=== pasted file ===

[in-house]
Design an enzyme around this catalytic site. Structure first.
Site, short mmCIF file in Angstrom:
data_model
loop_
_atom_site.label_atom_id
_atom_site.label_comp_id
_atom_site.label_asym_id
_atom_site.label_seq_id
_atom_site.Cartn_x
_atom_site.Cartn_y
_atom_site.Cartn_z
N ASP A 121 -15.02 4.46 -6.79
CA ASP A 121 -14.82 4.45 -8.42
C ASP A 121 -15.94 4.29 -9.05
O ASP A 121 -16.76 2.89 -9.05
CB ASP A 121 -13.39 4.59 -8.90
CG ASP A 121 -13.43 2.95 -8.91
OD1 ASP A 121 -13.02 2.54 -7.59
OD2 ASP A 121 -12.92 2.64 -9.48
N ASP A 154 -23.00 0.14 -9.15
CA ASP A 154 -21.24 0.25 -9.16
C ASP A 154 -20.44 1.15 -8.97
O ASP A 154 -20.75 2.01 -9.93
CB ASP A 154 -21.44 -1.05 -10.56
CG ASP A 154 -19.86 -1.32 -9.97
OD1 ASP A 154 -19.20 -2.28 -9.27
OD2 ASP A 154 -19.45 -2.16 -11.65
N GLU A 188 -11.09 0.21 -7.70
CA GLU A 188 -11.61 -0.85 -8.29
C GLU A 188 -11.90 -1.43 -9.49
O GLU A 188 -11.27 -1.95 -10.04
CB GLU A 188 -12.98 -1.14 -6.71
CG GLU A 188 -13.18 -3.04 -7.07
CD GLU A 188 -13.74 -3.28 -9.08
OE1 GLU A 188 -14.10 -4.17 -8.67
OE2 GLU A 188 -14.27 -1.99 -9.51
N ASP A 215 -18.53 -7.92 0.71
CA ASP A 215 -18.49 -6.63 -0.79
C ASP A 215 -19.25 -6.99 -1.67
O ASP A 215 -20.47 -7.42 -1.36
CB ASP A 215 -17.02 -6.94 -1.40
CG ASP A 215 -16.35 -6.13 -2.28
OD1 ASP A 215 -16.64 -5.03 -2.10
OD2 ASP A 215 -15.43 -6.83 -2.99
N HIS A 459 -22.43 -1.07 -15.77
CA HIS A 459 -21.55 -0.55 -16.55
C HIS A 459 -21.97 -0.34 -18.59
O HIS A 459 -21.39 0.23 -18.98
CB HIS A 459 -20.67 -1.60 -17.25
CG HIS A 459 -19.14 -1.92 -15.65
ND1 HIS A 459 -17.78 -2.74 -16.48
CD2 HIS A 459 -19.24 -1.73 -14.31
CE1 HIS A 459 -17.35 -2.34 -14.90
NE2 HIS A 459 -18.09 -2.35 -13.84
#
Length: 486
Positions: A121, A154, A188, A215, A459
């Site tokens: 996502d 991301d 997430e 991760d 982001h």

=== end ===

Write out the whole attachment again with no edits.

[in-house]
Design an enzyme around this catalytic site. Structure first.
Site, short mmCIF file in Angstrom:
data_model
loop_
_atom_site.label_atom_id
_atom_site.label_comp_id
_atom_site.label_asym_id
_atom_site.label_seq_id
_atom_site.Cartn_x
_atom_site.Cartn_y
_atom_site.Cartn_z
N ASP A 121 -15.02 4.46 -6.79
CA ASP A 121 -14.82 4.45 -8.42
C ASP A 121 -15.94 4.29 -9.05
O ASP A 121 -16.76 2.89 -9.05
CB ASP A 121 -13.39 4.59 -8.90
CG ASP A 121 -13.43 2.95 -8.91
OD1 ASP A 121 -13.02 2.54 -7.59
OD2 ASP A 121 -12.92 2.64 -9.48
N ASP A 154 -23.00 0.14 -9.15
CA ASP A 154 -21.24 0.25 -9.16
C ASP A 154 -20.44 1.15 -8.97
O ASP A 154 -20.75 2.01 -9.93
CB ASP A 154 -21.44 -1.05 -10.56
CG ASP A 154 -19.86 -1.32 -9.97
OD1 ASP A 154 -19.20 -2.28 -9.27
OD2 ASP A 154 -19.45 -2.16 -11.65
N GLU A 188 -11.09 0.21 -7.70
CA GLU A 188 -11.61 -0.85 -8.29
C GLU A 188 -11.90 -1.43 -9.49
O GLU A 188 -11.27 -1.95 -10.04
CB GLU A 188 -12.98 -1.14 -6.71
CG GLU A 188 -13.18 -3.04 -7.07
CD GLU A 188 -13.74 -3.28 -9.08
OE1 GLU A 188 -14.10 -4.17 -8.67
OE2 GLU A 188 -14.27 -1.99 -9.51
N ASP A 215 -18.53 -7.92 0.71
CA ASP A 215 -18.49 -6.63 -0.79
C ASP A 215 -19.25 -6.99 -1.67
O ASP A 215 -20.47 -7.42 -1.36
CB ASP A 215 -17.02 -6.94 -1.40
CG ASP A 215 -16.35 -6.13 -2.28
OD1 ASP A 215 -16.64 -5.03 -2.10
OD2 ASP A 215 -15.43 -6.83 -2.99
N HIS A 459 -22.43 -1.07 -15.77
CA HIS A 459 -21.55 -0.55 -16.55
C HIS A 459 -21.97 -0.34 -18.59
O HIS A 459 -21.39 0.23 -18.98
CB HIS A 459 -20.67 -1.60 -17.25
CG HIS A 459 -19.14 -1.92 -15.65
ND1 HIS A 459 -17.78 -2.74 -16.48
CD2 HIS A 459 -19.24 -1.73 -14.31
CE1 HIS A 459 -17.35 -2.34 -14.90
NE2 HIS A 459 -18.09 -2.35 -13.84
#
Length: 486
Positions: A121, A154, A188, A215, A459
């Site tokens: 996502d 991301d 997430e 991760d 982001h």